James Castle was born profoundly deaf, and never learnt to communicate through sign language or writing. He used make-shift materials, including paper scraps, soot and his own spit to craft sketchbooks and draw his surroundings; an isolated community in Idaho with more cows than people. And yet, James Castle’s view of the world is entirely captivating. Born in the last few days of the 19th century, from a very young age, James’ work ran remarkably parallel to the development of 20th-century art history, unbeknownst to his own family, let alone to the art world. Despite attending a special school for the deaf and blind for five years, the institution only taught an oral method of communication and his family wasn’t able to teach him how to sign. His drawings, therefore, became his only form of expression, and to discover James Castle’s art is to step inside the mind of one very curious and misunderstood individual….
Castle’s parents ran a general store from the living room of their family home, and from childhood, he used found materials to create drawings, paintings and collage. He used spare stock including matchbooks, receipts, and grocery cartoons in his creations. These crudely made creations today, are sought after works collected by major institutions all over the world, including the Philadelphia Museum of Art, the National Arts Museum in Madrid, the Venice Biennale exhibition, the Smithsonian American Art Museum and the Whitney Museum of American Art.
He sourced paper (and inspiration) from leftover packaging or post – his father was also the postmaster – and created ink by combining soot from his wood-stove with his own saliva. Instead of paintbrushes, Castle applied his ink with sharpened sticks or other found objects from the community. Family members gave him oil sticks and watercolours, which meant he could paint with colour.
His booklets are laid out like a regular book or photo album, with imitation text accompanying his pictures. While Castle never properly learnt any form of communication, the layout of his booklets shows an attraction to written language.
Even though he did not put words together, he frequently made crisp, exact copies of individual letters, alphabets, slogans and headlines. This desire to communicate is probably what caused Castle to produce such a huge volume of art.
There are also symbols throughout, which Castle might have picked up from the other students at the Gooding School, who often taught each other sign language in secret.
The meaning behind Castle’s symbols remains a mystery and adds to the haunting idea that, despite his hometown’s close-knit community, James lived his life very much alone.
He presented the bulk of his work in these handmade books, which he stored in every nook and cranny throughout his family home. It wasn’t until the 1950s that Castle’s nephew, Bob Beach, suggested the booklets were more than just clutter. Beach took some of his uncle’s work to the Museum Art School in Portland, Oregon, where he was a student. From there, Castle’s work – all listed as “Untitled” – captured the imagination of many artists and was exhibited across the region. Castle himself never ventured very far from his community in Garden Valley.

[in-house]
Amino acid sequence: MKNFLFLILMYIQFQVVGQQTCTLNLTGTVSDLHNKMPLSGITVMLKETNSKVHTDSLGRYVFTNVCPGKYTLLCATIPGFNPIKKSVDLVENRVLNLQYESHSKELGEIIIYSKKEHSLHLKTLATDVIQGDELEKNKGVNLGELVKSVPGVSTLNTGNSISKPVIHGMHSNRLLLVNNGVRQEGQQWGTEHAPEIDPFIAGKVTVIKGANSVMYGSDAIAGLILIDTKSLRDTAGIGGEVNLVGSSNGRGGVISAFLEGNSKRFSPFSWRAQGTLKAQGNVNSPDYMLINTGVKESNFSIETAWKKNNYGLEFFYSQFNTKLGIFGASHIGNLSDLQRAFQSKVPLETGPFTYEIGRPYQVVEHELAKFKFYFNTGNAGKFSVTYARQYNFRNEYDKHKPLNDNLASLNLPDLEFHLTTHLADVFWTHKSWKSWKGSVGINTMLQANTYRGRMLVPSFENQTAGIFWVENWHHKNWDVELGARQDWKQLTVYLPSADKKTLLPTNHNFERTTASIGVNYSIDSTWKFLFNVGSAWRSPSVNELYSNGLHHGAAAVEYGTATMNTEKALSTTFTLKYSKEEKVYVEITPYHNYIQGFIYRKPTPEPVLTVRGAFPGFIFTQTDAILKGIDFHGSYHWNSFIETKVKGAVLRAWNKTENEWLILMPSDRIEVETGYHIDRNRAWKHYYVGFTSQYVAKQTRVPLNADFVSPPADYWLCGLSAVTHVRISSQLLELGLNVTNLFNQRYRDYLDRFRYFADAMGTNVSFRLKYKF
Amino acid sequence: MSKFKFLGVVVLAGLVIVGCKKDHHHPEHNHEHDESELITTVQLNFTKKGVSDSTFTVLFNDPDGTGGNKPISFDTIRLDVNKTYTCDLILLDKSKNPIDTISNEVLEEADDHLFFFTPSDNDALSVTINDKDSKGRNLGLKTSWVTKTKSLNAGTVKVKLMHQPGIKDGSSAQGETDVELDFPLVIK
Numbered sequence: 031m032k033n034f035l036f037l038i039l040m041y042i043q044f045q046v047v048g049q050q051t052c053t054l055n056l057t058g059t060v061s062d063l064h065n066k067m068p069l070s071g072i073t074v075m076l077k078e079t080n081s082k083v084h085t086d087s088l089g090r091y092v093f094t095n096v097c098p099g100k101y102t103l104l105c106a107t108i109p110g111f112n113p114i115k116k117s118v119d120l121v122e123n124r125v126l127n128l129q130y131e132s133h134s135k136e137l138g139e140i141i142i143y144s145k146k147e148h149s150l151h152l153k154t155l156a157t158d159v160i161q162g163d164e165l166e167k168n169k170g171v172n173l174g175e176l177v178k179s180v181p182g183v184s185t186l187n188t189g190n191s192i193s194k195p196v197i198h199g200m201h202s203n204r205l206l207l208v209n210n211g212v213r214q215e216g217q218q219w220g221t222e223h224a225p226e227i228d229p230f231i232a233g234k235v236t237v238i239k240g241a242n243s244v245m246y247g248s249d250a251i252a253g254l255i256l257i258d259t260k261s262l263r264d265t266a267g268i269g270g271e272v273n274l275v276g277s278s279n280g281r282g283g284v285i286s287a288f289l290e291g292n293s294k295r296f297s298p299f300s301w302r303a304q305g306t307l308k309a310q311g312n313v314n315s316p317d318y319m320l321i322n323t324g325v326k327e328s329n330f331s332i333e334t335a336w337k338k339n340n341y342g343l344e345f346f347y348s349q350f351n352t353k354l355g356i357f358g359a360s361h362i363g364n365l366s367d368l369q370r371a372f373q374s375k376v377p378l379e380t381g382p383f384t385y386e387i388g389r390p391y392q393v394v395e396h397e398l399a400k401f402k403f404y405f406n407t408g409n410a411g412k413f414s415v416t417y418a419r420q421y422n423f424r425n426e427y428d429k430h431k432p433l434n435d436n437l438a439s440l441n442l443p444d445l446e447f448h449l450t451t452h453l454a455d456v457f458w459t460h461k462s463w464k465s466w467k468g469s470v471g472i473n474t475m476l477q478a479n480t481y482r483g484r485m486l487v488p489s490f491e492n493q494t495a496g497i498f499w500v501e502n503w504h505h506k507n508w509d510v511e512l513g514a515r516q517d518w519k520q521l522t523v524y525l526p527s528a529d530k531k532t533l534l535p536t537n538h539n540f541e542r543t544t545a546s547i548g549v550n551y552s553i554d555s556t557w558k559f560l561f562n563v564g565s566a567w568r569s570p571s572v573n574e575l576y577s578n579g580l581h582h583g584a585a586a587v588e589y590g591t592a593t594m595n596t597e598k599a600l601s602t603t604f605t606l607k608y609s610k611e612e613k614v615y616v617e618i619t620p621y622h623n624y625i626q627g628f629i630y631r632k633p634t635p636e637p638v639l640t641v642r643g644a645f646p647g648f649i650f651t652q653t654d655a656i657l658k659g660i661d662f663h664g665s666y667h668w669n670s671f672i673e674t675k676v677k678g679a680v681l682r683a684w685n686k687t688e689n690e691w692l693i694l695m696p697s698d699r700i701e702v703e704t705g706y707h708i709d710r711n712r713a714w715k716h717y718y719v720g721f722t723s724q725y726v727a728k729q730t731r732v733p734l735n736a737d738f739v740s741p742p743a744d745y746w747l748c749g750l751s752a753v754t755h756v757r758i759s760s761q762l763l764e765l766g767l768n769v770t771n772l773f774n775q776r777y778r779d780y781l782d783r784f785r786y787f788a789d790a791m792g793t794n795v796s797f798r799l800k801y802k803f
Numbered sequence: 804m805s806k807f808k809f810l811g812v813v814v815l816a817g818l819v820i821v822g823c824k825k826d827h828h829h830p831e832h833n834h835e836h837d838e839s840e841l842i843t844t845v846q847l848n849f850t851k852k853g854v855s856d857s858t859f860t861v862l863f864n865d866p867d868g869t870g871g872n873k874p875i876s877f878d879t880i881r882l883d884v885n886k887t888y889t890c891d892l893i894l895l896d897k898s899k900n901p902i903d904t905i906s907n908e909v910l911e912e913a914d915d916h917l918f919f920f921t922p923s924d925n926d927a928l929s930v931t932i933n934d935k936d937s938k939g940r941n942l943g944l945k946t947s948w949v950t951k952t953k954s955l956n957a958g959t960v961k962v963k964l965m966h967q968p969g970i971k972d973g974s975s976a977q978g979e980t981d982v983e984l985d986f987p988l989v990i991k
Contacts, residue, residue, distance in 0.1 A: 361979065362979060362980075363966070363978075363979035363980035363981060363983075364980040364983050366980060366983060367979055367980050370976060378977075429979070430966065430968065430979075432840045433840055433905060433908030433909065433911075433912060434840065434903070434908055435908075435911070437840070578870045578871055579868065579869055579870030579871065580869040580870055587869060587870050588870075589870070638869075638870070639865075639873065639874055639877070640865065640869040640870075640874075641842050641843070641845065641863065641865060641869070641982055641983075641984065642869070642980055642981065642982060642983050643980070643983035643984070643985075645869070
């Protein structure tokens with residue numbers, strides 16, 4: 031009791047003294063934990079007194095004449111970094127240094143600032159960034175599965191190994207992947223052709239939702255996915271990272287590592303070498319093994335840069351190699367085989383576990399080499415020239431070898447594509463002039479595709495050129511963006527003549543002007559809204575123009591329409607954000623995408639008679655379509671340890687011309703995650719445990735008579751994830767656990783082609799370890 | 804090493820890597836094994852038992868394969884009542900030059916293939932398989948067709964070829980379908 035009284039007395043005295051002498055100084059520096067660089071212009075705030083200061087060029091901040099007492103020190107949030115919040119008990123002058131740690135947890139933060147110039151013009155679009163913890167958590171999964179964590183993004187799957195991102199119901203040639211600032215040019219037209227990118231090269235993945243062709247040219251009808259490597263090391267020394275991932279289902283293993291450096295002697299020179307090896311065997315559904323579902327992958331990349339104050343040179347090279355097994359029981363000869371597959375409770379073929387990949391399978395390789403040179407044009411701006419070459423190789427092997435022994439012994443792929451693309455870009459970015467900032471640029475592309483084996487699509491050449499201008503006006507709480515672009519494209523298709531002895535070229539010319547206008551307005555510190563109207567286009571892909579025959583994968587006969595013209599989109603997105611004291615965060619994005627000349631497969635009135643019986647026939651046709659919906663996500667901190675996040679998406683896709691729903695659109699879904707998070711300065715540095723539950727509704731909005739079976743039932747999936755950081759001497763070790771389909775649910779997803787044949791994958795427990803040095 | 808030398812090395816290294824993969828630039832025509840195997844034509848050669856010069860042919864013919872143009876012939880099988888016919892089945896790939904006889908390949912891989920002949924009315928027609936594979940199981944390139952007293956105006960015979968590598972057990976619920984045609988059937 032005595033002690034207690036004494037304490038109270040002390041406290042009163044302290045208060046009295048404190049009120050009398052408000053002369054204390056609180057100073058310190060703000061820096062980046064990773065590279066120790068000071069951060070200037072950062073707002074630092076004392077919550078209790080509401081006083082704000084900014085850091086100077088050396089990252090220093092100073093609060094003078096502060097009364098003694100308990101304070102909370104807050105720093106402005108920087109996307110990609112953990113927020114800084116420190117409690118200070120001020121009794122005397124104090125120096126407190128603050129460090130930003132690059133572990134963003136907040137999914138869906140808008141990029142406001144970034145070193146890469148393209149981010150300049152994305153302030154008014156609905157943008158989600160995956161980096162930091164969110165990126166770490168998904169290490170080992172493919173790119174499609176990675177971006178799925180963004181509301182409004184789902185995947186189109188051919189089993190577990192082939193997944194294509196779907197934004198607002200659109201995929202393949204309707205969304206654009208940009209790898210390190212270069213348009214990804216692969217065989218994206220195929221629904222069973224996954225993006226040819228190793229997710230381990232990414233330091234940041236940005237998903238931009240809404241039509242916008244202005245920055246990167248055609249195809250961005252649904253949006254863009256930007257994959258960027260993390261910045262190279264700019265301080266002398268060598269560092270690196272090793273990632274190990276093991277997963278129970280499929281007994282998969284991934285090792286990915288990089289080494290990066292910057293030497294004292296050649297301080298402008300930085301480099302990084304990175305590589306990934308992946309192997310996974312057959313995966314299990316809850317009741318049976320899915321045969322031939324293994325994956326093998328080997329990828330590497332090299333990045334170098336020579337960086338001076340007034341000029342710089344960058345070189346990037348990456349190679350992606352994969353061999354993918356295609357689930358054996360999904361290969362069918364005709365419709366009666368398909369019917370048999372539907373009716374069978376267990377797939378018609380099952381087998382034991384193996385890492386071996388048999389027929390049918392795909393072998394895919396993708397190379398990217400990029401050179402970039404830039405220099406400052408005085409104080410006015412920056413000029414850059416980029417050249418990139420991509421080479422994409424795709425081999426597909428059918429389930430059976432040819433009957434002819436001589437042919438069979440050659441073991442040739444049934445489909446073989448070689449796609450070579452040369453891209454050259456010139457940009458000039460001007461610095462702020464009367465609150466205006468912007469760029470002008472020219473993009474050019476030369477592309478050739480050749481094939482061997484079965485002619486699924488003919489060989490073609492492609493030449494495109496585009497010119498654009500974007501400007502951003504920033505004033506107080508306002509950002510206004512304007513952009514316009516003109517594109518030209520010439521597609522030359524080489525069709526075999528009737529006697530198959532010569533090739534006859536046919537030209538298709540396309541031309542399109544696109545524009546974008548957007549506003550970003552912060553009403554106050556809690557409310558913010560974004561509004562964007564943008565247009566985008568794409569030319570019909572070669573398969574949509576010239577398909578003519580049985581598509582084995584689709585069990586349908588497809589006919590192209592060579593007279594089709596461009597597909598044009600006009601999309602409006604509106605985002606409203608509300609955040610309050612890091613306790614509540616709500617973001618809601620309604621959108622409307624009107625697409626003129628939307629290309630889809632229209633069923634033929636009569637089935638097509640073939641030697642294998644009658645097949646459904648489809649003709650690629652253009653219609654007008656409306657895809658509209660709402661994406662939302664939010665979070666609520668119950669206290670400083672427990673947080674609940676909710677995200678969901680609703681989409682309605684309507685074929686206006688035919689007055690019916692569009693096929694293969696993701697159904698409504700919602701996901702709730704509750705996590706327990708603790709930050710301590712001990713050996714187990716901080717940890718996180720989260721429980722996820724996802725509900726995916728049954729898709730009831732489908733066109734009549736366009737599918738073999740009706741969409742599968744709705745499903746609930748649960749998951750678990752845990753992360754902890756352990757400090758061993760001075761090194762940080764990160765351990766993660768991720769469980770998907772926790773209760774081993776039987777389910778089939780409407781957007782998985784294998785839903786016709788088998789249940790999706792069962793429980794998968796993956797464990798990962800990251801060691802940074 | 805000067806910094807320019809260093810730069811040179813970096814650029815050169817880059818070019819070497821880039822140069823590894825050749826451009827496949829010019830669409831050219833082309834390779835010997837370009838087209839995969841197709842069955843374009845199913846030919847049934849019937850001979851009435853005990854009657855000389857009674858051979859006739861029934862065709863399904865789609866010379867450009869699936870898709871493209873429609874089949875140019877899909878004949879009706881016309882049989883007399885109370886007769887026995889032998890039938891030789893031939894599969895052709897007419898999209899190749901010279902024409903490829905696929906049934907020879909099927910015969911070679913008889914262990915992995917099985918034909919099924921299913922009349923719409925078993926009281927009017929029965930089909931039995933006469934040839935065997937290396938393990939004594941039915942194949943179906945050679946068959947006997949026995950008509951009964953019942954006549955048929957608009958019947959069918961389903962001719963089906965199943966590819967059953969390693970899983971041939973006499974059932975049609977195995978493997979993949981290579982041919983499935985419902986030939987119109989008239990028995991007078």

From the materials used, the subjects captured and the circumstances in which they were created, Castle’s booklets are a perfect preservation of his era. The Western frontier was still being settled, and the impact of machinery just being felt. Castle used the logos of old cans like Libby’s Spinach, or Lucky Strike cigarette boxes. These symbols of old Americana provide the backbone to his own illustrations, which document his surroundings and daily routine. There isn’t a part of Castle’s work that seems out of place. The booklets are like little relics, showing the life of James Castle, his family and friends.
Castle documented everyday phenomena in an almost childlike approach to art, which seems to focus on discovering and understanding the world around him. In this way, Castle’s art was a corridor to the outside world; a way for him to understand, and be understood. The careful thought that was given to every page gives them a nuance that makes each little picture worth looking at.
Castle kept working until his death in 1977, aged 70. Overwhelmed by the attention, his family denied all access to the collection for 20 years, but they have recently started sharing some of his booklets and paintings. In 2015, the Smithsonian American Art Museum opened one of the largest collections of Castle’s pieces with a retrospective called, “Untitled: The Art of James Castle.” The Smithsonian’s director Betsy Brown spoke about her admiration for Castle in a statement about the exhibition. “James Castle’s drawings and paintings confirm that art offers a fundamental way to know ourselves.
He worked for decades in the rural west, surrounded by family but with little experience beyond his community and with no formal art training. But his discerning eye found subjects all around, creating an extended portrait of his world.”
Perhaps it is because Castle was unable to communicate through writing or speech in the traditional sense that his drawings have a unique sensitivity. Or perhaps it was his position in time, and a desire to preserve traditional rural America while facing a new and modern age. Whatever the reason, it’s an honour to peek into Castle’s quiet world through the images he painstakingly created. Despite making his booklets a century ago, James Castle remains relevant today for his modest, beautiful view of a changing world.
By Dido Gompertz